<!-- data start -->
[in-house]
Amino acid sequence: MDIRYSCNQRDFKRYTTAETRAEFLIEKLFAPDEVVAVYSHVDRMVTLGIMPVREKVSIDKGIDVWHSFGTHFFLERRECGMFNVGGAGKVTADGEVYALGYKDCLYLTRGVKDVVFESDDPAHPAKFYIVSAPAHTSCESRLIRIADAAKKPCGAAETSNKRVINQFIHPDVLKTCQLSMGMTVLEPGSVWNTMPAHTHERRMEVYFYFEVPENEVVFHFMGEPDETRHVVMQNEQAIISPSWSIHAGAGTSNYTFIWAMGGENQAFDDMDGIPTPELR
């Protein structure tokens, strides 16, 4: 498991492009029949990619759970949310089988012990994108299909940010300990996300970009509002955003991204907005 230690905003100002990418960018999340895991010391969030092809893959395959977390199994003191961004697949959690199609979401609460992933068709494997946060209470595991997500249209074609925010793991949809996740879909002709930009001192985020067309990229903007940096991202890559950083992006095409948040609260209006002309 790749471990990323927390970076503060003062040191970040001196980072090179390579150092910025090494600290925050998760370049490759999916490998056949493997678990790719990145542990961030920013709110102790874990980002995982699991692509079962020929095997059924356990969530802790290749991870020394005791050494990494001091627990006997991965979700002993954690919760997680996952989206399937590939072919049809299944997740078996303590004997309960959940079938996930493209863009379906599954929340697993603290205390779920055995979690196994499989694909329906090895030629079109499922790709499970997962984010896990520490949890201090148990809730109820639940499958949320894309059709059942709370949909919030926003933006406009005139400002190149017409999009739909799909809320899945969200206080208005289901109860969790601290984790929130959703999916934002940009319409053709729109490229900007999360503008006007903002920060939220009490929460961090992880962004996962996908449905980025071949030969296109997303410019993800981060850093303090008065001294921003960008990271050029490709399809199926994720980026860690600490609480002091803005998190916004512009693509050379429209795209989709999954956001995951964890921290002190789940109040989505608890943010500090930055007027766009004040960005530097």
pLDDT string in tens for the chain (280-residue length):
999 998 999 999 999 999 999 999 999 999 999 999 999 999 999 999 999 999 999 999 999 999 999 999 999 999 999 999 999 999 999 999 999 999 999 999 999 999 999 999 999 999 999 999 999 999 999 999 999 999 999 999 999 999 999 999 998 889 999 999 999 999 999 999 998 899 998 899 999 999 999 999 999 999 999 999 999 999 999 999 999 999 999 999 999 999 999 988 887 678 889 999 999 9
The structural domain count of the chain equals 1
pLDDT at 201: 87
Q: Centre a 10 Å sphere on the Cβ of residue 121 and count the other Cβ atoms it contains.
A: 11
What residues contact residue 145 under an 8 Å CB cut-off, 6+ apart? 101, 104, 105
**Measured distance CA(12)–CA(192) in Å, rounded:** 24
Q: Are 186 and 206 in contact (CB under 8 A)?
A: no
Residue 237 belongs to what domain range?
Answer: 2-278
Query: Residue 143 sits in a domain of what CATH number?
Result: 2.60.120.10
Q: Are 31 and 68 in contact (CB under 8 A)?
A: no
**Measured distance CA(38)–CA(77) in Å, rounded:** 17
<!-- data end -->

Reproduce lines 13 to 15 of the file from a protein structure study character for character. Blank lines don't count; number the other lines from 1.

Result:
A: no
Residue 237 belongs to what domain range?
Answer: 2-278